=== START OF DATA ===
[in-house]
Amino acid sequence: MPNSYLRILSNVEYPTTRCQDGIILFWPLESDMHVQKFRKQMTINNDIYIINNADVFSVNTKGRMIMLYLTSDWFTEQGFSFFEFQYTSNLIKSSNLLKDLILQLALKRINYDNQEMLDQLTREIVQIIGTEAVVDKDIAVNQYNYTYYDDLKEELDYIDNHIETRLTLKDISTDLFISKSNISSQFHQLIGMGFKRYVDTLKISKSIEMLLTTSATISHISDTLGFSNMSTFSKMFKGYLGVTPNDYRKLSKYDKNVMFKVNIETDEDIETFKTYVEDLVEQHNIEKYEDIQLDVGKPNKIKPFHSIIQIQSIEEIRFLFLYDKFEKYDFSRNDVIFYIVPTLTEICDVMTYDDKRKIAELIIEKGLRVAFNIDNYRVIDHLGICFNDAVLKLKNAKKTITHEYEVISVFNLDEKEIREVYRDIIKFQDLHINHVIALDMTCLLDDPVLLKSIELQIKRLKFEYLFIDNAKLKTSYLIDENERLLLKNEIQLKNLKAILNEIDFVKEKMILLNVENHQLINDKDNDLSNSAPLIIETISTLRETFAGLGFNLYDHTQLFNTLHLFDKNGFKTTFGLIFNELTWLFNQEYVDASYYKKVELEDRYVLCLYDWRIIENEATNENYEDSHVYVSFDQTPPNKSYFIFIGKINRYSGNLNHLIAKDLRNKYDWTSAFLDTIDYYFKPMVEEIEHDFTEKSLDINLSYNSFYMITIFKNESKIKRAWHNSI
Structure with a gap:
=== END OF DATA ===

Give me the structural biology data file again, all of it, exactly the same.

[in-house]
Amino acid sequence: MPNSYLRILSNVEYPTTRCQDGIILFWPLESDMHVQKFRKQMTINNDIYIINNADVFSVNTKGRMIMLYLTSDWFTEQGFSFFEFQYTSNLIKSSNLLKDLILQLALKRINYDNQEMLDQLTREIVQIIGTEAVVDKDIAVNQYNYTYYDDLKEELDYIDNHIETRLTLKDISTDLFISKSNISSQFHQLIGMGFKRYVDTLKISKSIEMLLTTSATISHISDTLGFSNMSTFSKMFKGYLGVTPNDYRKLSKYDKNVMFKVNIETDEDIETFKTYVEDLVEQHNIEKYEDIQLDVGKPNKIKPFHSIIQIQSIEEIRFLFLYDKFEKYDFSRNDVIFYIVPTLTEICDVMTYDDKRKIAELIIEKGLRVAFNIDNYRVIDHLGICFNDAVLKLKNAKKTITHEYEVISVFNLDEKEIREVYRDIIKFQDLHINHVIALDMTCLLDDPVLLKSIELQIKRLKFEYLFIDNAKLKTSYLIDENERLLLKNEIQLKNLKAILNEIDFVKEKMILLNVENHQLINDKDNDLSNSAPLIIETISTLRETFAGLGFNLYDHTQLFNTLHLFDKNGFKTTFGLIFNELTWLFNQEYVDASYYKKVELEDRYVLCLYDWRIIENEATNENYEDSHVYVSFDQTPPNKSYFIFIGKINRYSGNLNHLIAKDLRNKYDWTSAFLDTIDYYFKPMVEEIEHDFTEKSLDINLSYNSFYMITIFKNESKIKRAWHNSI
Structure with a gap: